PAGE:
Ask Your Question

Angie's List Answers is the trusted spot to ask home improvement and health questions and get answers from service companies, health providers and consumers. For ratings and reviews on companies in your area, search Angie's List.

Top 30 Days Experts
Rank Leader Points*
1 kstreett 240
2 Guest_9020487 110
3 Guest_9190926 105
4 GoldenKid 100
5 ahowell 95
6 KnowledgeBase 95
7 skbloom 80
8 Guest_98024861 70
9 Guest_9311297 70
10 Guest_9400529 70

*Updates every 4 hours

Browse Projects By Category

Question DetailsAsked on 9/20/2017

I have two house cinderblock foundations on my property can I use the block as filler to push dirt over on to level

I need the property level and I didn't know if I could use the block instead of hauling it off

Do you have the same question? Follow this Question

2 Answers


If you never intend to build on top I guess you could - though outlawed in most areas to break down the block and push into the hole, because that makes it a landfill. In some areas illegal to bury the foundation too, though not in many I have seen.

Obviously, if a place a house might be built in the future, having open block and voids between the blocks (which the dirt will move into, causing a lot of settlement) is a bad idea - as is having existing wall left in place and end up under a slab-on-grade house.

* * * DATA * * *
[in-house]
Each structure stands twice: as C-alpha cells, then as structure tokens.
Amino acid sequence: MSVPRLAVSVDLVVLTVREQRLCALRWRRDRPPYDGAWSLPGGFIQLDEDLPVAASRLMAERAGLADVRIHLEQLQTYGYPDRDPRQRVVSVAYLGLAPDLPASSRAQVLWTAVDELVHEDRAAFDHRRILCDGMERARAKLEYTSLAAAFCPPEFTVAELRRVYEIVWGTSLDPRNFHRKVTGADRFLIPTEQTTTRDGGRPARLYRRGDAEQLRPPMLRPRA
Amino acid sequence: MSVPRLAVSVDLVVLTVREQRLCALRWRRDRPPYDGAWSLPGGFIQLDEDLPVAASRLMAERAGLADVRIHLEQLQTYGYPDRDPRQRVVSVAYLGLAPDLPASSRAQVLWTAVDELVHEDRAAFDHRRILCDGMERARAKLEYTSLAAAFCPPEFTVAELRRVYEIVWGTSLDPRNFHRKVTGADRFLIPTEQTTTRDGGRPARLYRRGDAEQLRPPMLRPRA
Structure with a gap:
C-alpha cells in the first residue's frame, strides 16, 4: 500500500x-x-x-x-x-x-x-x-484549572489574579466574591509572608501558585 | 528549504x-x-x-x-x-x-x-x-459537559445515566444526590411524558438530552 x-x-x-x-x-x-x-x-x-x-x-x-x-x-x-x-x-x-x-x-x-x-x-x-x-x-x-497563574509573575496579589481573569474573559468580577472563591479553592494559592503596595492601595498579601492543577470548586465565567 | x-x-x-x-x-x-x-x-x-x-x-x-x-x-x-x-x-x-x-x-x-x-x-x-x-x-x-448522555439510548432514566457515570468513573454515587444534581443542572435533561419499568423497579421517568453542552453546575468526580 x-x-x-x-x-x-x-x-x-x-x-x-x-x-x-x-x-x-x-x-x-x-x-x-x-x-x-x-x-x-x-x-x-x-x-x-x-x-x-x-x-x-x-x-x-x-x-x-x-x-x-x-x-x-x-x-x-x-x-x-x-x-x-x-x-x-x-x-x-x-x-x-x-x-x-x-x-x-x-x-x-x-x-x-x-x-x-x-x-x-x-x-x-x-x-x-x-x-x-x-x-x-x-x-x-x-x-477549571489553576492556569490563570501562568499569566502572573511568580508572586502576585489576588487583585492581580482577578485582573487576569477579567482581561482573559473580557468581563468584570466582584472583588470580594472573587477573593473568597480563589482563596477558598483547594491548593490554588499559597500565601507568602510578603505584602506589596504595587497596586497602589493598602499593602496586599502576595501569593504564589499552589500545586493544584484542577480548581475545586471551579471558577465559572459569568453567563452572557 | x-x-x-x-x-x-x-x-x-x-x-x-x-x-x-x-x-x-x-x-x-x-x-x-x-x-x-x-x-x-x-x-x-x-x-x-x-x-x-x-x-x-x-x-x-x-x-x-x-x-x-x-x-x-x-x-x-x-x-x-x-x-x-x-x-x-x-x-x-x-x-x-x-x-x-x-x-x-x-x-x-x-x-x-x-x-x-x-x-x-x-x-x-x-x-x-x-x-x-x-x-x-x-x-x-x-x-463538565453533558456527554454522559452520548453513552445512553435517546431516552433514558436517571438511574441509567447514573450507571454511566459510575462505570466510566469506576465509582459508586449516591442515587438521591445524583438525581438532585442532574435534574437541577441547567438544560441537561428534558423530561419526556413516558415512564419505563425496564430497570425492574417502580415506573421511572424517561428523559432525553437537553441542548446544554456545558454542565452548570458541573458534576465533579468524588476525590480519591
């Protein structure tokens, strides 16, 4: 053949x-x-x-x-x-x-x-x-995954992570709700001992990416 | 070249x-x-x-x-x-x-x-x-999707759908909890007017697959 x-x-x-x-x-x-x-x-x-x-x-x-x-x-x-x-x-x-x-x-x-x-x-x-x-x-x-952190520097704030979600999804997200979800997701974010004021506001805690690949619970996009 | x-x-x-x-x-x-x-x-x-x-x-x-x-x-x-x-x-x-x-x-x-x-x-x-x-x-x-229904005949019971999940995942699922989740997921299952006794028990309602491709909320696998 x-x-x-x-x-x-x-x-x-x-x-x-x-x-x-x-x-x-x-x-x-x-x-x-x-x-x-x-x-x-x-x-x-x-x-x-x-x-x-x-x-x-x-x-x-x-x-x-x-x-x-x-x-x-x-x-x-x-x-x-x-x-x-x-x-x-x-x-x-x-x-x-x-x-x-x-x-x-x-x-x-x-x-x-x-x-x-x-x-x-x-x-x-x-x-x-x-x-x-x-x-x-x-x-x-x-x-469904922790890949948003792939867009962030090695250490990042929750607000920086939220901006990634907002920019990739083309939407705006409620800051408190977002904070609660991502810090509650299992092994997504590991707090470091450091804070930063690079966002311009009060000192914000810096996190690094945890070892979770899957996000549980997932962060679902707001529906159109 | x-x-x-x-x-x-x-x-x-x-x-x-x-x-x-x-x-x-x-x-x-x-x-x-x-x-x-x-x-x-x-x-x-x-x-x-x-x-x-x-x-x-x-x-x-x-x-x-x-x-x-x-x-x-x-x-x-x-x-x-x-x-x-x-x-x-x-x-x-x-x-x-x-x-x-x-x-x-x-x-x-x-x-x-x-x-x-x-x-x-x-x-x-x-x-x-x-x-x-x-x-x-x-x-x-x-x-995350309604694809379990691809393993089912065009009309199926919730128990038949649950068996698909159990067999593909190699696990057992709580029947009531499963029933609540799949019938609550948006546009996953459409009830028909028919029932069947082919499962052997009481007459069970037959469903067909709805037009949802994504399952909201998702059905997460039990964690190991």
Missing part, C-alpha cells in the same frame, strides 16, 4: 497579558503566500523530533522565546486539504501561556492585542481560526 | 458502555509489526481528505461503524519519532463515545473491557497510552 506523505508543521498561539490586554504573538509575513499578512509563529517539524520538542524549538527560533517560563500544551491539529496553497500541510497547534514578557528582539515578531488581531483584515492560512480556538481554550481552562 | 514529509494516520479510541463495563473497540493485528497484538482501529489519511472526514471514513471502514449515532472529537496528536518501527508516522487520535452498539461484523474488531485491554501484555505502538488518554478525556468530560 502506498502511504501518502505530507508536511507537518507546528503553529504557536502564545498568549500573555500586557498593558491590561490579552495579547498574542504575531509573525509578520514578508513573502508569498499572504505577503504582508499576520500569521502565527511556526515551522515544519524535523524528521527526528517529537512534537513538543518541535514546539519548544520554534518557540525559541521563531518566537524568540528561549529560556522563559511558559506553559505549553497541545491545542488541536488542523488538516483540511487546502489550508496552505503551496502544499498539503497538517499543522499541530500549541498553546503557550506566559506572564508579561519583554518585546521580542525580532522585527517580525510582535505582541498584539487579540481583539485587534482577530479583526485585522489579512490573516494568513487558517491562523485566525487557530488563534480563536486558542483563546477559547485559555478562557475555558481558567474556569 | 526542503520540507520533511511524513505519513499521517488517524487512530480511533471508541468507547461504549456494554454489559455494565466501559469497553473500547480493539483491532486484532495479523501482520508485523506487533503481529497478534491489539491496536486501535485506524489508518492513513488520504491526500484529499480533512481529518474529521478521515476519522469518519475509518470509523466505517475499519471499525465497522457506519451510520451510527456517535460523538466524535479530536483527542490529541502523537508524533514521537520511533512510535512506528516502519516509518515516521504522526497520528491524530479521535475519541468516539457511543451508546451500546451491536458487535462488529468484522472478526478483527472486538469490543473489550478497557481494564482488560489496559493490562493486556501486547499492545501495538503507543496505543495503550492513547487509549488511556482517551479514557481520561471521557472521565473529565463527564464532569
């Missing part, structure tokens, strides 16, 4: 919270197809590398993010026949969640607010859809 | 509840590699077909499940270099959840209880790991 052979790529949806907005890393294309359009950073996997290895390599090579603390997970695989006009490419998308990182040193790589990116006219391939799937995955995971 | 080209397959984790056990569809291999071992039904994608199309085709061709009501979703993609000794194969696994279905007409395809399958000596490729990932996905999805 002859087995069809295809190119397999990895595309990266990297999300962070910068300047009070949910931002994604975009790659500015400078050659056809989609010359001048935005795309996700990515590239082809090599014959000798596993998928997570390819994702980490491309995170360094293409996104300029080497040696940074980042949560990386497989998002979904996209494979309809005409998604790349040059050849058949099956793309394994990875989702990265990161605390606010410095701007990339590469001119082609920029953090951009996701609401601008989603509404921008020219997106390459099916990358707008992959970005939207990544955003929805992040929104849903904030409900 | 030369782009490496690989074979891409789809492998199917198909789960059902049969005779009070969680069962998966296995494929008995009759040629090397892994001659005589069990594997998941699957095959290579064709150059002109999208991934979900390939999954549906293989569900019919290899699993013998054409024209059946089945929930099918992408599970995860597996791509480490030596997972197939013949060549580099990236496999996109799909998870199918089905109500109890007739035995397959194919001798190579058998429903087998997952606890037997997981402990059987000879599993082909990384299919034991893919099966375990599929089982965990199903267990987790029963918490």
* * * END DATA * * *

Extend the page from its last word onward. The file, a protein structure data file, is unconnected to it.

If you want to leave it, move common thing is to perforate any basement slab with a number of holes (usually just jackhammered) and gravel them over as a filter to prevent pooling of water in the basement (making the fill area a swamp or, after settlement, a pond), knock off the top row or few of blocks with the dozer or backhoe and dsipose of them (or use to build a retaining wall or such, if they were not fully grouted and rebarred) to get the wall below grade a foot or so, then backfill with desired type of fill (typically common fill).

I have also seen the foundation left in place, partly filled all around to bury the wall, and turned into a pond that way (in areas with enough rainfall to do that, or with surface runoff directable to it).

If you leave the foundation in place I would get some measurements from property corners, trees, etc so it can be relocated in the future in case of development plans.

Answered 3 years ago by LCD


BTW - don't forget to check on utility (including any septic sytem connections) terminations - preferably cutting/capping all lines at their source or connection to existing house system (if that is the case) and cutting all electric/communications lines at their source, but at least ensuring they are located and terminated (for pipes) well outside the foundation limits.

Answered 3 years ago by LCD

Related Questions

Terms Of Use
Privacy Policy